Rep. Gabrielle Giffords (D-Ariz.)


There are many people in the spotlight this week. President Obama delivers what could be his last State of the Union address. Mitt Romney is (finally) releasing his tax returns. And Sen. Rand PaulRandal (Rand) Howard PaulSarah Sanders: ‘Democrats are losing their war against women in the Trump administration’ Kentucky Dems look to vault themselves in deep-red district Overnight Defense: Senate confirms Haspel as CIA chief | Trump offers Kim 'protections' if he gives up nukes | Dem amendments target Trump military parade MORE (R-Ky.) is engaged in a high-profile dispute with the Transportation Security Administration.

But Rep. Gabrielle Giffords (D-Ariz.) is the player of the week. A year after being shot in the head in an assassination attempt that left six dead, Giffords will attend the State of the Union, sitting between Reps. Jeff FlakeJeffrey (Jeff) Lane FlakePressure rising on GOP after Trump–DOJ fight’s latest turn Sarah Sanders: ‘Democrats are losing their war against women in the Trump administration’ Trump yuks it up to deflect Senate critics MORE (R-Ariz.) and Raul Grijalva (D-Ariz.). Mark Kelly, her husband, will attend the State of the Union as first lady Michelle ObamaMichelle LeVaughn Robinson ObamaThe Hill's 12:30 Report — Sponsored by Delta Air Lines — Frenzy over Kennedy retirement rumors | Trump challenges DOJ Obamas ink multiyear deal with Netflix Al Sharpton: Royal wedding shows white supremacy is ‘on its last breath' MORE’s guest.

ADVERTISEMENT
 Over the weekend, Giffords announced in a stirring video that she will resign her seat this week. There was speculation last year that Giffords might launch a Senate bid, but in retrospect, that seems never to have been under serious consideration.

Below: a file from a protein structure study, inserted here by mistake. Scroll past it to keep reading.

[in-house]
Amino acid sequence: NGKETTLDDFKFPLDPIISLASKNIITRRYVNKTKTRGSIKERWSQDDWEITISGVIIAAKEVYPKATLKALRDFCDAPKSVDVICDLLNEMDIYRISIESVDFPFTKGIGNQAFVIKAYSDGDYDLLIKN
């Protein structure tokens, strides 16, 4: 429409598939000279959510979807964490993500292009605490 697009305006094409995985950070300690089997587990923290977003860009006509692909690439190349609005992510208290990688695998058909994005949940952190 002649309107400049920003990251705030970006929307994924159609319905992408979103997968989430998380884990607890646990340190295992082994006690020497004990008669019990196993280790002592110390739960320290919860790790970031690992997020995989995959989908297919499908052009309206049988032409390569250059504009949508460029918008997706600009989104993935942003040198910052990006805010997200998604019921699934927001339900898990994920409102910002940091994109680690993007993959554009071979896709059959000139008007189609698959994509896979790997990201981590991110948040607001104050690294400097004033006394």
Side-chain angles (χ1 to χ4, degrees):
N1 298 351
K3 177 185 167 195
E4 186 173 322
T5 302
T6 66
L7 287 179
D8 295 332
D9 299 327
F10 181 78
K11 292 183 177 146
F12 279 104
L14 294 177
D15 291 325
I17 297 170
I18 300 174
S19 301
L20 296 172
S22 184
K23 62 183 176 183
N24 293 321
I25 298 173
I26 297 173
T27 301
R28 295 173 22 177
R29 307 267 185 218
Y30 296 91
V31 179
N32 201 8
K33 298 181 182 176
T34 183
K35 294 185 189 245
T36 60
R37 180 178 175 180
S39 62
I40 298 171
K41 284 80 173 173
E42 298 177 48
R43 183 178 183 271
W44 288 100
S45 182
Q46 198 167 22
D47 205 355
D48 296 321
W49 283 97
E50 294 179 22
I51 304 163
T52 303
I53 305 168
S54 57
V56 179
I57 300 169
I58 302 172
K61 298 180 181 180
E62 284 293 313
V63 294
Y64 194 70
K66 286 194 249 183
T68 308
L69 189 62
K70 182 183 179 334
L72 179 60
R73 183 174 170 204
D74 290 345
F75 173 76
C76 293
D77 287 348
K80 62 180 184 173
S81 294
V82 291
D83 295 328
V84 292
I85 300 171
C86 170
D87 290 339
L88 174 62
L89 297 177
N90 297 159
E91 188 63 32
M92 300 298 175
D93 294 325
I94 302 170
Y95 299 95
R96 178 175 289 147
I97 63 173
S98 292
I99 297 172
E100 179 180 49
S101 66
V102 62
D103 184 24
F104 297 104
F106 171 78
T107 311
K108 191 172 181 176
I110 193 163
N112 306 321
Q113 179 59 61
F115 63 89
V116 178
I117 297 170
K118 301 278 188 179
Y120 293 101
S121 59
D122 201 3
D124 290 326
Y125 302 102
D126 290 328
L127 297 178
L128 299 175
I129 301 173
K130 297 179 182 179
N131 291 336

The biggest decision was whether Giffords would run for reelection to her House seat. Republicans in Washington indicated they would not try to defeat Giffords, who narrowly won her 2010 race.

 Yet Giffords decided that she needs to focus on her recovery. Her public appearances and interviews have been impressive, most notably when she stunned the Capitol last summer to vote on the debt deal. Members of both parties hugged her in what was Congress’s most memorable moment of 2011.

 She has overcome so many odds. Ninety percent of gunshot wounds to the head result in death. The fact that she is walking and talking is remarkable.

 But she is still healing, and that process still has some time to run.

 Giffords’s long-term future is unclear; her video announcement suggests she will be “back,” but back exactly, in what manner or where, is not specified. Nevertheless, having survived her harrowing ordeal, the congresswoman is now a national inspiration. She can affect more lives being outside of Congress than serving in it. There are many chapters left in her life, though one is about to close. Giffords will be missed on Capitol Hill.